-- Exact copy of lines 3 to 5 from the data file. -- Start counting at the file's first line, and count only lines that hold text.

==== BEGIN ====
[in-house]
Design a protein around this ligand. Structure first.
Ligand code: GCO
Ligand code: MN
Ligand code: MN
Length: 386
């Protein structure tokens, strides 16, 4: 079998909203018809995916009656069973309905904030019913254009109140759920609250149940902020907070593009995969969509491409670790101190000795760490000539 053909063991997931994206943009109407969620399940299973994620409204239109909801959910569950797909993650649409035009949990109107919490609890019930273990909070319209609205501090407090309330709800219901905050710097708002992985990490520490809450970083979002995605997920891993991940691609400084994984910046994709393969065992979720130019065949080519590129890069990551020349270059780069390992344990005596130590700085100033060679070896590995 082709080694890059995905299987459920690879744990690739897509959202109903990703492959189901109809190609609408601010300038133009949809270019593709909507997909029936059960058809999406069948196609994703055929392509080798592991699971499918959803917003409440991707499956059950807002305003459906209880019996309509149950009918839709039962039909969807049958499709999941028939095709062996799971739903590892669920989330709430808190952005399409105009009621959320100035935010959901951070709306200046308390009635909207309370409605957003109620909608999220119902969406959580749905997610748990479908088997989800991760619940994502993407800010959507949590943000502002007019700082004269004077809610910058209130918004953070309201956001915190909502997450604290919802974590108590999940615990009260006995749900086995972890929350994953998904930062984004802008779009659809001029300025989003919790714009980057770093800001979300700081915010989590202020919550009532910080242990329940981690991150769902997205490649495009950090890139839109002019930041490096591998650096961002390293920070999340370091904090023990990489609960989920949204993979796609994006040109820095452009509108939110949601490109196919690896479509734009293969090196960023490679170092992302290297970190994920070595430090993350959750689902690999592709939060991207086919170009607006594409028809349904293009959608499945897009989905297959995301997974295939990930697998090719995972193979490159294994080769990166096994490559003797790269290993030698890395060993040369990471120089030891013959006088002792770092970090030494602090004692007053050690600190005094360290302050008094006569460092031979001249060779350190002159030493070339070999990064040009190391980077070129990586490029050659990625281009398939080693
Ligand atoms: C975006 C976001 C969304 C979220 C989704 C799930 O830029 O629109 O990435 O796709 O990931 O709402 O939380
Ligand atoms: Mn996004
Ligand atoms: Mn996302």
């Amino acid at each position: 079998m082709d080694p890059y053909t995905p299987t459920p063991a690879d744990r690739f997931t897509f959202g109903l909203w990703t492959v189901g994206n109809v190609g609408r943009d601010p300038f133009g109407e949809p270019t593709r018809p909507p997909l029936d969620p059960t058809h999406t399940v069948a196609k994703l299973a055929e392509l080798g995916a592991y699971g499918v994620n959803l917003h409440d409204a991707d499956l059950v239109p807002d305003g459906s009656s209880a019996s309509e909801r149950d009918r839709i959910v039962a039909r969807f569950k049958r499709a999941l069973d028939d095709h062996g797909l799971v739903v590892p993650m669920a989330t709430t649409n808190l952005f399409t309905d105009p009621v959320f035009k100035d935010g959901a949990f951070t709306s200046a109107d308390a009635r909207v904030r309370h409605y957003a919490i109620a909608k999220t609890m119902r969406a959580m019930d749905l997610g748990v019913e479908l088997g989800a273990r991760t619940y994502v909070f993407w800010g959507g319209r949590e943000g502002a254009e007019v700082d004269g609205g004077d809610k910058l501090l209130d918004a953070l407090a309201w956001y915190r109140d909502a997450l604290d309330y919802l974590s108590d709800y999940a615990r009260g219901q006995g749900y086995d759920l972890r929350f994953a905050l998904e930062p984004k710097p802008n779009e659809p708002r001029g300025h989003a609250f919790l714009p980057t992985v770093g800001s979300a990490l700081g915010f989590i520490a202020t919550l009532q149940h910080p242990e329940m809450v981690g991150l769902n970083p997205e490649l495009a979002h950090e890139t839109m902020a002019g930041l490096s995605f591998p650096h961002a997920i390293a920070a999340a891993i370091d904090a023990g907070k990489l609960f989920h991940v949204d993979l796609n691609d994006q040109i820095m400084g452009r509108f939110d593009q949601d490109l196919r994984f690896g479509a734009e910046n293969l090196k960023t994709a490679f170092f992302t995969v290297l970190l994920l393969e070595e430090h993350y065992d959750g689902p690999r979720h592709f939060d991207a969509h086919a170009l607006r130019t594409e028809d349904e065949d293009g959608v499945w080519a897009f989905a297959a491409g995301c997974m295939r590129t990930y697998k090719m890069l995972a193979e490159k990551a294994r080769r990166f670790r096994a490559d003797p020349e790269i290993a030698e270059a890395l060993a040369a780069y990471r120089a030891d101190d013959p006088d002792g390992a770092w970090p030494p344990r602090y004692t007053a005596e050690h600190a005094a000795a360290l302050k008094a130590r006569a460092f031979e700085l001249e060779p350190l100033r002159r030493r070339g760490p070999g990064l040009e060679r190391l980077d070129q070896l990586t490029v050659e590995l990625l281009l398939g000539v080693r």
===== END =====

Ligand code: GCO
Ligand code: MN
Ligand code: MN